In the above postcard image, a healer poses with three Kota reliquary ensembles (the two on the left feature large, wide strips of hide; a large basket is visible in the middle example; the basket on the right does not have a hide fringe). The leftmost bundle seems to have been undone (the basket, if present, must be small). Behind the three reliquary figures, one can see three large cylindrical reliquaries made of bark (and an additional small one on the left). The skull in the center of the photograph could have come from the undone bundle on the left, or from the open box on the right.
Smoking was an important part of ritual divination and healing, and, as we have seen, rattles were utilized to activate the spirit of the reliquary. So the combination of reliquary figures, rattles, and pipes in the Trocadéro Heliogravure reproduced near the top of this review is perhaps not as random as might be assumed.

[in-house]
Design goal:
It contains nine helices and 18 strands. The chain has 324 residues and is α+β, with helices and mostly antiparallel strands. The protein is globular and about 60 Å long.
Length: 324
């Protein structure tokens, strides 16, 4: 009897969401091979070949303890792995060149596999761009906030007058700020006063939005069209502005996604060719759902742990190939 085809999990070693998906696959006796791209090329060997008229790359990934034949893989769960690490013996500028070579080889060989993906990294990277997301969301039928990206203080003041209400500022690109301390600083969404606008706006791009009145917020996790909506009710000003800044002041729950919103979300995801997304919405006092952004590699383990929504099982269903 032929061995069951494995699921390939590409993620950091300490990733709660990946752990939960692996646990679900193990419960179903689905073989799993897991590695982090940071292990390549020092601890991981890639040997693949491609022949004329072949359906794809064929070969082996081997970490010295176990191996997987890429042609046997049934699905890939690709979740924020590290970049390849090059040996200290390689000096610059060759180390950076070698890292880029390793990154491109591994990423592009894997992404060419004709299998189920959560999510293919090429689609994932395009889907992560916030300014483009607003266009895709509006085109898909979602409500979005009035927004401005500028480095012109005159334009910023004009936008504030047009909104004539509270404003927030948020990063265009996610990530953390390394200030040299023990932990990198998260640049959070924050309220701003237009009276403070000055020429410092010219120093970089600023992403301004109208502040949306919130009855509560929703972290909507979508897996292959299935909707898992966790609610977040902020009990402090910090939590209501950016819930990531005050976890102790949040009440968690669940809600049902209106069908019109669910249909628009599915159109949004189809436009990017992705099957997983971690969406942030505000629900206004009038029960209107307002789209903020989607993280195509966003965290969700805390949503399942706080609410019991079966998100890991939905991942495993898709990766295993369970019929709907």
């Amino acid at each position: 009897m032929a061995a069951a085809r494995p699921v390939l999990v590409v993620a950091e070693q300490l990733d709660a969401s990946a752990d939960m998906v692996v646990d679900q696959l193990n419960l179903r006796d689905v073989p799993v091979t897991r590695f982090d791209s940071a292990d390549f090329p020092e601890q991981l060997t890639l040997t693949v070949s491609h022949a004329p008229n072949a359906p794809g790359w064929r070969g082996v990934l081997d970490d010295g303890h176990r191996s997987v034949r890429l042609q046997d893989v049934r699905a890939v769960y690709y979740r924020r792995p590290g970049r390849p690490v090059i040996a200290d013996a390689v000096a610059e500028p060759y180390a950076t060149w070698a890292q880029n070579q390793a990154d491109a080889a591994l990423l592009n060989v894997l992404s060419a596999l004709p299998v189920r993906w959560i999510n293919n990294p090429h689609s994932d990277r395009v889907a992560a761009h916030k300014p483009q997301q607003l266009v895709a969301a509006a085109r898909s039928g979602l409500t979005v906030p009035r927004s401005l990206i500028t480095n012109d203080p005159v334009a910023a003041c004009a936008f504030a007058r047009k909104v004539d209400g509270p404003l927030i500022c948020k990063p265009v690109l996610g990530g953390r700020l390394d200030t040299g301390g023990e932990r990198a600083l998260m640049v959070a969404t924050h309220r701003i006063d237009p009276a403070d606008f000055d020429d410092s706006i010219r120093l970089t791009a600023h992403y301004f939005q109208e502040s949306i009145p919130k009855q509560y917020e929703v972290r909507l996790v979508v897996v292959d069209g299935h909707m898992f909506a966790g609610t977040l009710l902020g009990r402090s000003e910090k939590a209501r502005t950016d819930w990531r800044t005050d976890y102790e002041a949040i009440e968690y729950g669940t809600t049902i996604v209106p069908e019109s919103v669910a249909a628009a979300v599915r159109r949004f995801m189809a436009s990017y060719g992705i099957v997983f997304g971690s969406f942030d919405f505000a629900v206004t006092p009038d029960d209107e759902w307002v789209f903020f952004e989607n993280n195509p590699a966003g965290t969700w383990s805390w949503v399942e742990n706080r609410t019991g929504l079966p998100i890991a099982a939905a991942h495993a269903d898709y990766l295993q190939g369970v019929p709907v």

A photograph by Dr. Stephen Chauvet, c. 1930 (from the book La médecine chez les peuples primitifs, Paris, 1939; reproduced in TAMK, p. 15), shows one man holding a Kota reliquary while another man removes relics from a basket (which features a hide fringe at the top). These relics include four complete skulls (two of which have holes in the top that could have served as a base for the reliquary guardian figure).
The reliquary figures, as well as the relics themselves, could be removed from the relic bundles for ceremonies and rituals.